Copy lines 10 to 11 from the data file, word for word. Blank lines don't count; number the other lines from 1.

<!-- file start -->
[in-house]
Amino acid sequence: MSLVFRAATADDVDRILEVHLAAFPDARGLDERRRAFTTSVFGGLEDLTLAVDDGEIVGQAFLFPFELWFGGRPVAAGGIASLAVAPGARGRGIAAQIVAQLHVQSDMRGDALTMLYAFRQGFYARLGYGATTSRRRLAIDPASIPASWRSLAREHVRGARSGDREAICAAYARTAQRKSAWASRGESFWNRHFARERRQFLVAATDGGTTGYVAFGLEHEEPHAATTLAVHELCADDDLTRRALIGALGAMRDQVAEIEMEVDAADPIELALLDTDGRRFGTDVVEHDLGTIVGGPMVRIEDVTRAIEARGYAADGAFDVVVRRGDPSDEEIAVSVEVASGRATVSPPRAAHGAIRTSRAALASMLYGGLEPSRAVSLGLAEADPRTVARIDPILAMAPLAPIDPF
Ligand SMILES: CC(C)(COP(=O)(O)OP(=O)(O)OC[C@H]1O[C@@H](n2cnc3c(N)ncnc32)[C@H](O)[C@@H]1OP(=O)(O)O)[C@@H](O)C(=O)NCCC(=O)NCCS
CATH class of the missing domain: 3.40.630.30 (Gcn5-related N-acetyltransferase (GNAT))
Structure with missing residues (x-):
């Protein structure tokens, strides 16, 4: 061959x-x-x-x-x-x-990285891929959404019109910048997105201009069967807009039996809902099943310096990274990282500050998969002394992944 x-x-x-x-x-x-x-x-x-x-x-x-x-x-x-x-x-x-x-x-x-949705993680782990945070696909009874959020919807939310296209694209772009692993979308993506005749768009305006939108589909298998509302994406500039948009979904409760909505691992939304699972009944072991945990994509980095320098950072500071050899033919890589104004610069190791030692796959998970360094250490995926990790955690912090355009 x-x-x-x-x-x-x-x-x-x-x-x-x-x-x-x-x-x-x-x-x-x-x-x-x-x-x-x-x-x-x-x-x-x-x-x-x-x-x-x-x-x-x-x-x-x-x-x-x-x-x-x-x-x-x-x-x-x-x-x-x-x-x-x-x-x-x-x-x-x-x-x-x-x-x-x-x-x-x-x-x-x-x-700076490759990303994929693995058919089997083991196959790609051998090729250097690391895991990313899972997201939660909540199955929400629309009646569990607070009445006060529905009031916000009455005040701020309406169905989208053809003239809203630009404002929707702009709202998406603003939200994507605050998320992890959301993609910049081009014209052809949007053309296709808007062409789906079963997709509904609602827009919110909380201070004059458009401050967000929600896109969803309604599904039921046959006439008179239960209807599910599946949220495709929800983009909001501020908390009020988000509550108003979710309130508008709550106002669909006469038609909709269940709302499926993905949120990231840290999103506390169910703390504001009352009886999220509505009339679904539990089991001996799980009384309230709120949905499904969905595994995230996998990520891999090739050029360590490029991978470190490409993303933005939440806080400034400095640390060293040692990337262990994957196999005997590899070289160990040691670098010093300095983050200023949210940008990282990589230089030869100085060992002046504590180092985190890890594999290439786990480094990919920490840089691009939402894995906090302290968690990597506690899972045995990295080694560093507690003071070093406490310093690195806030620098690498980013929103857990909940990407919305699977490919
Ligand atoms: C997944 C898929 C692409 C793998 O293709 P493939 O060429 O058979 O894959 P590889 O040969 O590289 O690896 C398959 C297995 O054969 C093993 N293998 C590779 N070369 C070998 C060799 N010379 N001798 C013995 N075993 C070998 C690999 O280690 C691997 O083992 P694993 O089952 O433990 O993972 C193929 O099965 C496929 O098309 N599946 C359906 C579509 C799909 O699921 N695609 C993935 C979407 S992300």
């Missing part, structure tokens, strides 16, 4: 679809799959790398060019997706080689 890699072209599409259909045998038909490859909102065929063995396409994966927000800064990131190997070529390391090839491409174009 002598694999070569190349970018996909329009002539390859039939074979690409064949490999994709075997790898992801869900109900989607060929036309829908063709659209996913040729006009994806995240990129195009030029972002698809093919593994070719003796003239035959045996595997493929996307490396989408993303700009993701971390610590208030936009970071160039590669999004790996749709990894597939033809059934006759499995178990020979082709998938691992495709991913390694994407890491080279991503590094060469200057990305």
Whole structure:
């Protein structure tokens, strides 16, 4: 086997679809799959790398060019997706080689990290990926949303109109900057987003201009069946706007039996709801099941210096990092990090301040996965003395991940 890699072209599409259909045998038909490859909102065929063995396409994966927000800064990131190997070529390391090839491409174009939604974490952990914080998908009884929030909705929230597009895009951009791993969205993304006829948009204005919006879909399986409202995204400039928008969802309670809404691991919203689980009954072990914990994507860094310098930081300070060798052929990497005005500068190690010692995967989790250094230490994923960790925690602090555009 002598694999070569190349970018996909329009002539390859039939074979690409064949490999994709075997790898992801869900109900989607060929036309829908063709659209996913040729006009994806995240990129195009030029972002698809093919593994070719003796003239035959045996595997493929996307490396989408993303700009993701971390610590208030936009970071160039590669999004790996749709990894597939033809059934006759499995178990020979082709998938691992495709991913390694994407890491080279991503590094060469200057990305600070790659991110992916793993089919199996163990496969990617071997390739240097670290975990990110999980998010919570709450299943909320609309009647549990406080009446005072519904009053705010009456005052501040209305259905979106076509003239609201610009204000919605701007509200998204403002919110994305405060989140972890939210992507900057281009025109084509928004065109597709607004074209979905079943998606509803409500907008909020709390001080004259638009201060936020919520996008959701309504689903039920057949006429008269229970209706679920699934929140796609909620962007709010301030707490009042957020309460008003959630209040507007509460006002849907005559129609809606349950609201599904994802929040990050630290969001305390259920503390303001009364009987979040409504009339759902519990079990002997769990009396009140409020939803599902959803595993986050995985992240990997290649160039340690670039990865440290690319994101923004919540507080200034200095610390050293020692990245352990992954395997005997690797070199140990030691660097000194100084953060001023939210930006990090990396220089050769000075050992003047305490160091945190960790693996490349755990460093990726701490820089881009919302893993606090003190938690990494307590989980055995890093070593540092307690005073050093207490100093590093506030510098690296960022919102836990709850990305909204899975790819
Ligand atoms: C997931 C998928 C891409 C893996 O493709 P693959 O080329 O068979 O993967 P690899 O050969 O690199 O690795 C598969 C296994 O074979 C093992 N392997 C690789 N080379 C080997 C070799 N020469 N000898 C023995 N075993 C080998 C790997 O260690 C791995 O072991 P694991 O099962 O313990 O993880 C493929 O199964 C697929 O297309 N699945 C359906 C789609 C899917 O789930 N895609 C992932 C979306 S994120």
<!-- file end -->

């Protein structure tokens, strides 16, 4: 086997679809799959790398060019997706080689990290990926949303109109900057987003201009069946706007039996709801099941210096990092990090301040996965003395991940 890699072209599409259909045998038909490859909102065929063995396409994966927000800064990131190997070529390391090839491409174009939604974490952990914080998908009884929030909705929230597009895009951009791993969205993304006829948009204005919006879909399986409202995204400039928008969802309670809404691991919203689980009954072990914990994507860094310098930081300070060798052929990497005005500068190690010692995967989790250094230490994923960790925690602090555009 002598694999070569190349970018996909329009002539390859039939074979690409064949490999994709075997790898992801869900109900989607060929036309829908063709659209996913040729006009994806995240990129195009030029972002698809093919593994070719003796003239035959045996595997493929996307490396989408993303700009993701971390610590208030936009970071160039590669999004790996749709990894597939033809059934006759499995178990020979082709998938691992495709991913390694994407890491080279991503590094060469200057990305600070790659991110992916793993089919199996163990496969990617071997390739240097670290975990990110999980998010919570709450299943909320609309009647549990406080009446005072519904009053705010009456005052501040209305259905979106076509003239609201610009204000919605701007509200998204403002919110994305405060989140972890939210992507900057281009025109084509928004065109597709607004074209979905079943998606509803409500907008909020709390001080004259638009201060936020919520996008959701309504689903039920057949006429008269229970209706679920699934929140796609909620962007709010301030707490009042957020309460008003959630209040507007509460006002849907005559129609809606349950609201599904994802929040990050630290969001305390259920503390303001009364009987979040409504009339759902519990079990002997769990009396009140409020939803599902959803595993986050995985992240990997290649160039340690670039990865440290690319994101923004919540507080200034200095610390050293020692990245352990992954395997005997690797070199140990030691660097000194100084953060001023939210930006990090990396220089050769000075050992003047305490160091945190960790693996490349755990460093990726701490820089881009919302893993606090003190938690990494307590989980055995890093070593540092307690005073050093207490100093590093506030510098690296960022919102836990709850990305909204899975790819
Ligand atoms: C997931 C998928 C891409 C893996 O493709 P693959 O080329 O068979 O993967 P690899 O050969 O690199 O690795 C598969 C296994 O074979 C093992 N392997 C690789 N080379 C080997 C070799 N020469 N000898 C023995 N075993 C080998 C790997 O260690 C791995 O072991 P694991 O099962 O313990 O993880 C493929 O199964 C697929 O297309 N699945 C359906 C789609 C899917 O789930 N895609 C992932 C979306 S994120």